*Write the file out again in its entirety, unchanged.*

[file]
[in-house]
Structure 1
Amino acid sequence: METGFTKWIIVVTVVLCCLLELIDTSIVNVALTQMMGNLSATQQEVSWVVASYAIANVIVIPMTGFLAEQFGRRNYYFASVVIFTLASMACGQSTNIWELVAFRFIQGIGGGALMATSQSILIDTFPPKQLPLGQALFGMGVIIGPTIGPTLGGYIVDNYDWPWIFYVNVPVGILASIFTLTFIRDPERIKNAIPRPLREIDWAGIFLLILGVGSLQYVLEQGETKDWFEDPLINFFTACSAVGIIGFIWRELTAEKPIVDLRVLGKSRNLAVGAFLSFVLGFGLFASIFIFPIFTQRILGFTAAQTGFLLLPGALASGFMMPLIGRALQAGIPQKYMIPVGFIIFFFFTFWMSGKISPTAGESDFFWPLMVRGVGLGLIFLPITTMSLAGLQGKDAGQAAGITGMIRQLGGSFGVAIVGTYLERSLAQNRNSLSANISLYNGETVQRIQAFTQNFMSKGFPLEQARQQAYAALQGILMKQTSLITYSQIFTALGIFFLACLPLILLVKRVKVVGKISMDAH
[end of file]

[in-house]
Structure 1
Amino acid sequence: METGFTKWIIVVTVVLCCLLELIDTSIVNVALTQMMGNLSATQQEVSWVVASYAIANVIVIPMTGFLAEQFGRRNYYFASVVIFTLASMACGQSTNIWELVAFRFIQGIGGGALMATSQSILIDTFPPKQLPLGQALFGMGVIIGPTIGPTLGGYIVDNYDWPWIFYVNVPVGILASIFTLTFIRDPERIKNAIPRPLREIDWAGIFLLILGVGSLQYVLEQGETKDWFEDPLINFFTACSAVGIIGFIWRELTAEKPIVDLRVLGKSRNLAVGAFLSFVLGFGLFASIFIFPIFTQRILGFTAAQTGFLLLPGALASGFMMPLIGRALQAGIPQKYMIPVGFIIFFFFTFWMSGKISPTAGESDFFWPLMVRGVGLGLIFLPITTMSLAGLQGKDAGQAAGITGMIRQLGGSFGVAIVGTYLERSLAQNRNSLSANISLYNGETVQRIQAFTQNFMSKGFPLEQARQQAYAALQGILMKQTSLITYSQIFTALGIFFLACLPLILLVKRVKVVGKISMDAH